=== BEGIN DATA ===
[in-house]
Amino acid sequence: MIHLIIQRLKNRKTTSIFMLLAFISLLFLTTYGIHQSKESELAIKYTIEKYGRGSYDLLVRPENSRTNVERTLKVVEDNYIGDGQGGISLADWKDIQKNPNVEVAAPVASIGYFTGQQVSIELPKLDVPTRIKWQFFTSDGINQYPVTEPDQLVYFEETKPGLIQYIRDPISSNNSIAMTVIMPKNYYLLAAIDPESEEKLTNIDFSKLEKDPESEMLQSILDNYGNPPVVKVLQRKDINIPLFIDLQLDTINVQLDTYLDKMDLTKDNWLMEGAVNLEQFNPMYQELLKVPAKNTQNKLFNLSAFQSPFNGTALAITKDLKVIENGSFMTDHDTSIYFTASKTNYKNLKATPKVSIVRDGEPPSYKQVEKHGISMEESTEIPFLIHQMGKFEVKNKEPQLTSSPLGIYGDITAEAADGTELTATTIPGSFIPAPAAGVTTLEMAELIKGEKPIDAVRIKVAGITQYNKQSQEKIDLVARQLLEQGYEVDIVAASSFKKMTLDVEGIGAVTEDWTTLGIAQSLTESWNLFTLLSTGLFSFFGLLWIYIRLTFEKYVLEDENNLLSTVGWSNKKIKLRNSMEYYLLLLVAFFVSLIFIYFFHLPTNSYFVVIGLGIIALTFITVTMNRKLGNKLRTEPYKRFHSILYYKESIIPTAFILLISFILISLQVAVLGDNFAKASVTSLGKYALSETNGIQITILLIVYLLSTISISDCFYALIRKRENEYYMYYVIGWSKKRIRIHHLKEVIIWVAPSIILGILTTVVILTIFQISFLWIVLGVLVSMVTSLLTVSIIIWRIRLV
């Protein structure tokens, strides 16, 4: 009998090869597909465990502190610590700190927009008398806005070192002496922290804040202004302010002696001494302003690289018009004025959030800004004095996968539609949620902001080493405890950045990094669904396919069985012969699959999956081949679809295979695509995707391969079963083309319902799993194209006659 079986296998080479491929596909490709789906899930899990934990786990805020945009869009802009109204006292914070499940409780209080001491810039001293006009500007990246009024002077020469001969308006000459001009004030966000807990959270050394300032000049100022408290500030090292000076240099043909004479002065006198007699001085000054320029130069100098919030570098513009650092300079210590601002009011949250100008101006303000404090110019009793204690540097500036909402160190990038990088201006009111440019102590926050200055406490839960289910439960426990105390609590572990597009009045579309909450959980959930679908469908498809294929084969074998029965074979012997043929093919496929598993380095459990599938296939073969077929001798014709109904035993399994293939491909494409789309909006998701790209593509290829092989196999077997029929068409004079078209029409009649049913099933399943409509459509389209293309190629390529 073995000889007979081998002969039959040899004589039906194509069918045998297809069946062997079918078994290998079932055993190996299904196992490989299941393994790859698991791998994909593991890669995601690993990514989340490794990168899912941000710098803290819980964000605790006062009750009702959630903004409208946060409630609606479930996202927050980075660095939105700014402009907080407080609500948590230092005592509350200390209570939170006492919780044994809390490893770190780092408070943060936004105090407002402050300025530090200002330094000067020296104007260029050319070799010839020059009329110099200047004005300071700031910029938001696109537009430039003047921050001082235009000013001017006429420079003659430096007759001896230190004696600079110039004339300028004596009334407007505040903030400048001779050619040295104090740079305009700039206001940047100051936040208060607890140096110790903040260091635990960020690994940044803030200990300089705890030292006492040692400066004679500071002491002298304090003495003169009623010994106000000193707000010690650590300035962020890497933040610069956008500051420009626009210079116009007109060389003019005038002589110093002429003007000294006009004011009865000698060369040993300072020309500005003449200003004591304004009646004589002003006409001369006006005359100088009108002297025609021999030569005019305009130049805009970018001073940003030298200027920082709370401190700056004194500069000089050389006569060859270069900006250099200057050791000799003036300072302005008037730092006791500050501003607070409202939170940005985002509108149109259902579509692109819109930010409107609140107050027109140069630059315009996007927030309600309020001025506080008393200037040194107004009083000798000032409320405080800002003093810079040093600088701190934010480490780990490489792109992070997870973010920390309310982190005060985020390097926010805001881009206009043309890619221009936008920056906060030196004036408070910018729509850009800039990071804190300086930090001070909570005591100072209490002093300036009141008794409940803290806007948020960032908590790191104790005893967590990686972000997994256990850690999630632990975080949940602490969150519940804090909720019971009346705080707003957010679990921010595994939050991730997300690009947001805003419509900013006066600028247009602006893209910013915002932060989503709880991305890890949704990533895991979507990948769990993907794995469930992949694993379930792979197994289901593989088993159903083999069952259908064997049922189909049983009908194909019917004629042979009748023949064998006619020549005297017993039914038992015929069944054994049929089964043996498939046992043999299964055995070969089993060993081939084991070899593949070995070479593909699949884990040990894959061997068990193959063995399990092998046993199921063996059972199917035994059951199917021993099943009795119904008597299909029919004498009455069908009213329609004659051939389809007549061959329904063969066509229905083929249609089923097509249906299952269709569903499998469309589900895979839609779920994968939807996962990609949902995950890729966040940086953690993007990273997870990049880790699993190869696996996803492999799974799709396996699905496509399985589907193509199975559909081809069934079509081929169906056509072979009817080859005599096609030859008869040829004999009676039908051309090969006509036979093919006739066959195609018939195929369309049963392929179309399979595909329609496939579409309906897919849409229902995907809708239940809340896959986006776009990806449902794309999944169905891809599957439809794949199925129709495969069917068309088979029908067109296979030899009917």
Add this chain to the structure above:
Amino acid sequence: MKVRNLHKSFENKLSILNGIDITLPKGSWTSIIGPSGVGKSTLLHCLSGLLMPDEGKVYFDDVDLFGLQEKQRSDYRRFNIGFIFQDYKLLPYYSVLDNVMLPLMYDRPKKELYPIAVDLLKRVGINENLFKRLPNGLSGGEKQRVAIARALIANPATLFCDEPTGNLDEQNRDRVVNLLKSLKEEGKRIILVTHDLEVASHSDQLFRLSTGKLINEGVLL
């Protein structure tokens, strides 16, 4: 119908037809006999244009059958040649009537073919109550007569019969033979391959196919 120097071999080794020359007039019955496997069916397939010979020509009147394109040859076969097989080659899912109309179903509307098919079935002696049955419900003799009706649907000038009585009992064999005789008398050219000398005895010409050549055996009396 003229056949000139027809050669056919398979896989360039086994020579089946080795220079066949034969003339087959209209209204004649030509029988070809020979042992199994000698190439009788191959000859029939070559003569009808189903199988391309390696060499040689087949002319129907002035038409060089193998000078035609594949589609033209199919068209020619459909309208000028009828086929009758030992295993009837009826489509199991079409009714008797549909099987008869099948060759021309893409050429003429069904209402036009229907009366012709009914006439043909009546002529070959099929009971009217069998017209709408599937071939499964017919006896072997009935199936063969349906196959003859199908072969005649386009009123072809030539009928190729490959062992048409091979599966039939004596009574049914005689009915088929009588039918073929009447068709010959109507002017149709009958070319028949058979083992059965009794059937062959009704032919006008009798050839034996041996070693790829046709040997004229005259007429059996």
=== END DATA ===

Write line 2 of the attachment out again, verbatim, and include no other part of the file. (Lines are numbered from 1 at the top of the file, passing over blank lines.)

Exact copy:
Amino acid sequence: MIHLIIQRLKNRKTTSIFMLLAFISLLFLTTYGIHQSKESELAIKYTIEKYGRGSYDLLVRPENSRTNVERTLKVVEDNYIGDGQGGISLADWKDIQKNPNVEVAAPVASIGYFTGQQVSIELPKLDVPTRIKWQFFTSDGINQYPVTEPDQLVYFEETKPGLIQYIRDPISSNNSIAMTVIMPKNYYLLAAIDPESEEKLTNIDFSKLEKDPESEMLQSILDNYGNPPVVKVLQRKDINIPLFIDLQLDTINVQLDTYLDKMDLTKDNWLMEGAVNLEQFNPMYQELLKVPAKNTQNKLFNLSAFQSPFNGTALAITKDLKVIENGSFMTDHDTSIYFTASKTNYKNLKATPKVSIVRDGEPPSYKQVEKHGISMEESTEIPFLIHQMGKFEVKNKEPQLTSSPLGIYGDITAEAADGTELTATTIPGSFIPAPAAGVTTLEMAELIKGEKPIDAVRIKVAGITQYNKQSQEKIDLVARQLLEQGYEVDIVAASSFKKMTLDVEGIGAVTEDWTTLGIAQSLTESWNLFTLLSTGLFSFFGLLWIYIRLTFEKYVLEDENNLLSTVGWSNKKIKLRNSMEYYLLLLVAFFVSLIFIYFFHLPTNSYFVVIGLGIIALTFITVTMNRKLGNKLRTEPYKRFHSILYYKESIIPTAFILLISFILISLQVAVLGDNFAKASVTSLGKYALSETNGIQITILLIVYLLSTISISDCFYALIRKRENEYYMYYVIGWSKKRIRIHHLKEVIIWVAPSIILGILTTVVILTIFQISFLWIVLGVLVSMVTSLLTVSIIIWRIRLV